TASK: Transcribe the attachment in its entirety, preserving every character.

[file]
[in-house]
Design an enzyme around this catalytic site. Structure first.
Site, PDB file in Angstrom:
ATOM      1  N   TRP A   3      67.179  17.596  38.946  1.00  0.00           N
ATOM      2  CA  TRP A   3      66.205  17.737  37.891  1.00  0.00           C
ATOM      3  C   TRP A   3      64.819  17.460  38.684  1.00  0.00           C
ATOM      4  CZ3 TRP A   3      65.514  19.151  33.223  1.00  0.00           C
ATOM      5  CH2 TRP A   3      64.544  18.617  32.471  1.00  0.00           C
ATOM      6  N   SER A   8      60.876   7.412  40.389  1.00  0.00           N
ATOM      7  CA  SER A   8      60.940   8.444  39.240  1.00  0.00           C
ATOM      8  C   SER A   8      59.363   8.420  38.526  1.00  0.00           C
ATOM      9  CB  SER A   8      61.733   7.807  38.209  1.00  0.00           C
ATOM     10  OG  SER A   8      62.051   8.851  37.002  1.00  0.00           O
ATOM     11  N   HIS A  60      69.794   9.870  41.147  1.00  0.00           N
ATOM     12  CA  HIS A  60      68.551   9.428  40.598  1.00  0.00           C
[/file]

[in-house]
Design an enzyme around this catalytic site. Structure first.
Site, PDB file in Angstrom:
ATOM      1  N   TRP A   3      67.179  17.596  38.946  1.00  0.00           N
ATOM      2  CA  TRP A   3      66.205  17.737  37.891  1.00  0.00           C
ATOM      3  C   TRP A   3      64.819  17.460  38.684  1.00  0.00           C
ATOM      4  CZ3 TRP A   3      65.514  19.151  33.223  1.00  0.00           C
ATOM      5  CH2 TRP A   3      64.544  18.617  32.471  1.00  0.00           C
ATOM      6  N   SER A   8      60.876   7.412  40.389  1.00  0.00           N
ATOM      7  CA  SER A   8      60.940   8.444  39.240  1.00  0.00           C
ATOM      8  C   SER A   8      59.363   8.420  38.526  1.00  0.00           C
ATOM      9  CB  SER A   8      61.733   7.807  38.209  1.00  0.00           C
ATOM     10  OG  SER A   8      62.051   8.851  37.002  1.00  0.00           O
ATOM     11  N   HIS A  60      69.794   9.870  41.147  1.00  0.00           N
ATOM     12  CA  HIS A  60      68.551   9.428  40.598  1.00  0.00           C